Penn State QB Sean Clifford, Big Ten commissioner Kevin Warren discuss improving benefits

Big Ten football players held talks with league commissioner Kevin Warren this week about giving athletes a bigger voice in the future and enhancing a variety of player benefits. Warren also spoke to the chairman of an emerging players’ association about the possibility of an independent group representing players in discussions with the league.

Penn State quarterback Sean Clifford said this week’s talks with Warren were a positive, collaborative start to give players a seat at the table in future decisions with the league. He said he and the other players he spoke to have no intention of forming a union or entering contentious negotiations with the league at this point.

A spokesman for the Big Ten confirmed that the commissioner spoke to players and separately to Jason Stahl, the founder and executive director of the College Football Players Association (CFBPA). Clifford and Stahl met this summer and hatched a plan to organize players in the Big Ten to ask the league for improvements in medical care and a share of future revenue.

Clifford said his discussions with Warren have so far focused on standardized medical care for players after their college careers have ended. He said Warren and Penn State executives were receptive to initial discussions about how to make a variety of improvements for players and former players.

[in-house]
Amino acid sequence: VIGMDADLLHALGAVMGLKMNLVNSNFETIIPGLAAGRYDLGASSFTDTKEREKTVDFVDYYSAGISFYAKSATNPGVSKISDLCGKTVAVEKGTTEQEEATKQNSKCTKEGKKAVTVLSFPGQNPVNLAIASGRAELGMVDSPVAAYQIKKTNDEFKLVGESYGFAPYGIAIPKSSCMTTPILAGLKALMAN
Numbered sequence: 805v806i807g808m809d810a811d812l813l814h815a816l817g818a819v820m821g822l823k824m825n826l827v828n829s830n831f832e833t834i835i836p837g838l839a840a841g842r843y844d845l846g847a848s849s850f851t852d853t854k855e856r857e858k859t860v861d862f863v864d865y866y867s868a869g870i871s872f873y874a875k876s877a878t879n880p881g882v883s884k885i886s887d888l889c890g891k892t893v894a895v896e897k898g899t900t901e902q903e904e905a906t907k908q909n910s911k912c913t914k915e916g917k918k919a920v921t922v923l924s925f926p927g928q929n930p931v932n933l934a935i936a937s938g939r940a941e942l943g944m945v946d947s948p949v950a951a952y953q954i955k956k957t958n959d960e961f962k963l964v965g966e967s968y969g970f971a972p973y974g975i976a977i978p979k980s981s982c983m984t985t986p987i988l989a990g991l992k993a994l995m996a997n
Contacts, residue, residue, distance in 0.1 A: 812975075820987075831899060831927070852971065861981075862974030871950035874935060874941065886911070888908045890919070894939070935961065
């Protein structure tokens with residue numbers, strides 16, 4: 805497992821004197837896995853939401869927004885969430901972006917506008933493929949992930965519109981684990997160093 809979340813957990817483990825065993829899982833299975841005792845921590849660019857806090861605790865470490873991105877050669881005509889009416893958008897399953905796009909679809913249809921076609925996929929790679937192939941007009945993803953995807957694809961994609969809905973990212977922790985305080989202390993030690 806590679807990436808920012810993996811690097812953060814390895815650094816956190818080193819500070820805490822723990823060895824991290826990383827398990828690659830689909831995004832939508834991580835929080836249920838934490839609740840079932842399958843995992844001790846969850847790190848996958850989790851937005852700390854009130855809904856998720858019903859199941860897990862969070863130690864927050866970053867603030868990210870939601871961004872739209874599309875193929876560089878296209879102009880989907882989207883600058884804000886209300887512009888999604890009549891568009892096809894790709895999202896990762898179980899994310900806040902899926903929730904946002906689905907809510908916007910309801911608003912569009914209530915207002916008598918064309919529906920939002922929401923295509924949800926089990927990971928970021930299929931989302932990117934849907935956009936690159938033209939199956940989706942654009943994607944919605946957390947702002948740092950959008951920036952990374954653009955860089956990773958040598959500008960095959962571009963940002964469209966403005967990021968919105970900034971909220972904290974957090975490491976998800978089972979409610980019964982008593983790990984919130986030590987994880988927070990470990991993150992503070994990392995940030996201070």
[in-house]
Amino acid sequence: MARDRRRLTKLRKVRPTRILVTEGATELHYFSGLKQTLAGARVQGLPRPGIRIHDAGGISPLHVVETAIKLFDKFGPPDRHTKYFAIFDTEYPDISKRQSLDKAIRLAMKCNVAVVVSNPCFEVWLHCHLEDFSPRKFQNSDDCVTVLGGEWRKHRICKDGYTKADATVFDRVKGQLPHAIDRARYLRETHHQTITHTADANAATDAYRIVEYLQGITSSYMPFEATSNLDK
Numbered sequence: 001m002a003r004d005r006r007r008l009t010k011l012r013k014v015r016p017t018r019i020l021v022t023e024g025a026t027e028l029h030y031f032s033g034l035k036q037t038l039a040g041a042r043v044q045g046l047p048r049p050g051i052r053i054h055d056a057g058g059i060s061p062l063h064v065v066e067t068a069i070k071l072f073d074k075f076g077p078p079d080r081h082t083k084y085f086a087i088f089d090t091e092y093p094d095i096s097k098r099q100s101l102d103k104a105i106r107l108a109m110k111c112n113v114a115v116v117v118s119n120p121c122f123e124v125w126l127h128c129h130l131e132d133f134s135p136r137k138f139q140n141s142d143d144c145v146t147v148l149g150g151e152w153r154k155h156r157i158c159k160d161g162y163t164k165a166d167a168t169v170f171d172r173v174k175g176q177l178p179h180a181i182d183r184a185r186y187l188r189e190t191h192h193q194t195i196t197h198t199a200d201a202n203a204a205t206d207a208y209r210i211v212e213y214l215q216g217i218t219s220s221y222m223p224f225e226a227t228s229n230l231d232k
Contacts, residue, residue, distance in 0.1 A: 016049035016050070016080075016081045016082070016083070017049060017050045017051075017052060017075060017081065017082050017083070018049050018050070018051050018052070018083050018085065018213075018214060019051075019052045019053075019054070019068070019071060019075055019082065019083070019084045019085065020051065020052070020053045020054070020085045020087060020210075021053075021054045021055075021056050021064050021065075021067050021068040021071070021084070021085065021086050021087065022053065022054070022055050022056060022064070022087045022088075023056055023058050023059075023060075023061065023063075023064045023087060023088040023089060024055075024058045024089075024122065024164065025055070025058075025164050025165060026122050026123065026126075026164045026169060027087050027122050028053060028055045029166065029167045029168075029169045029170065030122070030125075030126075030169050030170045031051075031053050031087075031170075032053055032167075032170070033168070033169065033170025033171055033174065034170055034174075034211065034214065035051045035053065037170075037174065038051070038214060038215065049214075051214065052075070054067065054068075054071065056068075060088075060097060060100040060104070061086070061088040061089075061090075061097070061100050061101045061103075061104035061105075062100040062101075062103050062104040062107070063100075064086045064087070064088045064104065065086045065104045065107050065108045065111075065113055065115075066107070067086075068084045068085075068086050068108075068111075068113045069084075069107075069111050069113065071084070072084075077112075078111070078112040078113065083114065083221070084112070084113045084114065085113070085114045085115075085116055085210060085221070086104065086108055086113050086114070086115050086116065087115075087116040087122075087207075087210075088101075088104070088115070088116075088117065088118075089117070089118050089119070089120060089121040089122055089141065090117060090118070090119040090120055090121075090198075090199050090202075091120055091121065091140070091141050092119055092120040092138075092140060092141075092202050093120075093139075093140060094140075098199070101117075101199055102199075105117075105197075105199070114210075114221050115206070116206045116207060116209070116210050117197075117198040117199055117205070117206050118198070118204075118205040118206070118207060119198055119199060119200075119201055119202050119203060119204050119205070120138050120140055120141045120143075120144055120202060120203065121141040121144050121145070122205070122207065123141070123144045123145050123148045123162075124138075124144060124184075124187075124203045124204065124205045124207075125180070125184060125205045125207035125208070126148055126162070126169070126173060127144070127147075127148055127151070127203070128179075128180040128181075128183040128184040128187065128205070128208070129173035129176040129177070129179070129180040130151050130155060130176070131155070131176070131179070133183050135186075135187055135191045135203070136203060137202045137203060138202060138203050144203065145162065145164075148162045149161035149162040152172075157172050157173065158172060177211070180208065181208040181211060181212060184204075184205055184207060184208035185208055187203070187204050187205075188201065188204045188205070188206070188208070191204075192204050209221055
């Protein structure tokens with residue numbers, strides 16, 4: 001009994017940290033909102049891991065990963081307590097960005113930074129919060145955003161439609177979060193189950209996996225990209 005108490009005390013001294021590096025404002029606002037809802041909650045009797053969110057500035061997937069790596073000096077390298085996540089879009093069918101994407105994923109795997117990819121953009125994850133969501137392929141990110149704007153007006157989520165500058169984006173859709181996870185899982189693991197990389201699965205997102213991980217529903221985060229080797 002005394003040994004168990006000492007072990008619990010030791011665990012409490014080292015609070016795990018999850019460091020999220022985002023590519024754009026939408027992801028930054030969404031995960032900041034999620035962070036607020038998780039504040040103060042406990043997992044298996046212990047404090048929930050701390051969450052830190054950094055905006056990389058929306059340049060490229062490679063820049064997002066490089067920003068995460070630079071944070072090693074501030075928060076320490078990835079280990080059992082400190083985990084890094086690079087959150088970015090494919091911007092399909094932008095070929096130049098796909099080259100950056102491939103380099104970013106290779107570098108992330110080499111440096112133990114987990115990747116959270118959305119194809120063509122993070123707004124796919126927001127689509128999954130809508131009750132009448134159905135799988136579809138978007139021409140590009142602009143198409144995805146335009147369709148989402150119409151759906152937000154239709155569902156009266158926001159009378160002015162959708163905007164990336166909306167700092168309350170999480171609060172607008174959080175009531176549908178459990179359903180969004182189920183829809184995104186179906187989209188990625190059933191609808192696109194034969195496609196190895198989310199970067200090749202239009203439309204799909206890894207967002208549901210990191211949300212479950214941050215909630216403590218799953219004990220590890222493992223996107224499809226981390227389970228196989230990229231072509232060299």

“It was a collective group that came together,” Clifford told ESPN on Friday. “Everyone wants the players to have more say.”

Stahl spoke to Warren earlier this week about three initial issues the CFBPA wants to negotiate with the Big Ten:

• A representative on each campus who can represent players in medical situations or other disputes. The representative would be hired by the CFBPA and would serve a similar role locally as players’ representatives in professional sports unions.
• Funds from the conference to purchase ex-player health insurance policies that would cover the treatment of injuries from their college football career.
• A percentage of player media rights revenue to be determined.

A Big Ten representative confirmed that Warren had spoken with Stahl, but said characterizing their conversation as the start of any kind of collective bargaining discussion was incorrect.

“The Big Ten Conference communicates and works consistently with our student-athletes,” Warren said in a statement to ESPN. “We are in the process of establishing a student-athlete advisory committee to seek input from our student-athletes on the changing landscape of collegiate athletics. We continue to work with our member institutions to ensure our student-athletes have an excellent and comprehensive experience while promoting and upholding the mission of higher education and prioritizing excellence and integrity in both scholarship and athletics.”

Clifford said he’s not yet ready to have a conversation about what players would do if the Big Ten weren’t ready to make significant changes, as their talks so far have been positive.